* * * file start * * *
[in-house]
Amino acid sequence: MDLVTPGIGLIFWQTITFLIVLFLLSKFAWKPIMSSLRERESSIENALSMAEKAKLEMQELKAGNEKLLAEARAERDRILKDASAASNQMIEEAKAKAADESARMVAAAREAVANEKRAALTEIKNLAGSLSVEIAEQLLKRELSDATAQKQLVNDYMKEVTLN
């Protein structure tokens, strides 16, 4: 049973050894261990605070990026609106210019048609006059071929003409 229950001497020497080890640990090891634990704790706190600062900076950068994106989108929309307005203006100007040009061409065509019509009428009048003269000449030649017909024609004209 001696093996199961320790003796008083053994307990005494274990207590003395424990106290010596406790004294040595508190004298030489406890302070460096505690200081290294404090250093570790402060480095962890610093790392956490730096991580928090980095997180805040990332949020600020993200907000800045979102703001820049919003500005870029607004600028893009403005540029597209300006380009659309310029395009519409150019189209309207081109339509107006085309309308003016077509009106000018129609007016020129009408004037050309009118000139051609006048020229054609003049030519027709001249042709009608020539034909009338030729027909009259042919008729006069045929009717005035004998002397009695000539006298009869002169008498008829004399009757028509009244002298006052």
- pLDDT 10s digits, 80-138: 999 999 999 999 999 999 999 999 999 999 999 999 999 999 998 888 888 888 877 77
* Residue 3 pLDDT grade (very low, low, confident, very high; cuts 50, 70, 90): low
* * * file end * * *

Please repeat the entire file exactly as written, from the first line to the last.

[in-house]
Amino acid sequence: MDLVTPGIGLIFWQTITFLIVLFLLSKFAWKPIMSSLRERESSIENALSMAEKAKLEMQELKAGNEKLLAEARAERDRILKDASAASNQMIEEAKAKAADESARMVAAAREAVANEKRAALTEIKNLAGSLSVEIAEQLLKRELSDATAQKQLVNDYMKEVTLN
């Protein structure tokens, strides 16, 4: 049973050894261990605070990026609106210019048609006059071929003409 229950001497020497080890640990090891634990704790706190600062900076950068994106989108929309307005203006100007040009061409065509019509009428009048003269000449030649017909024609004209 001696093996199961320790003796008083053994307990005494274990207590003395424990106290010596406790004294040595508190004298030489406890302070460096505690200081290294404090250093570790402060480095962890610093790392956490730096991580928090980095997180805040990332949020600020993200907000800045979102703001820049919003500005870029607004600028893009403005540029597209300006380009659309310029395009519409150019189209309207081109339509107006085309309308003016077509009106000018129609007016020129009408004037050309009118000139051609006048020229054609003049030519027709001249042709009608020539034909009338030729027909009259042919008729006069045929009717005035004998002397009695000539006298009869002169008498008829004399009757028509009244002298006052």
- pLDDT 10s digits, 80-138: 999 999 999 999 999 999 999 999 999 999 999 999 999 999 998 888 888 888 877 77
* Residue 3 pLDDT grade (very low, low, confident, very high; cuts 50, 70, 90): low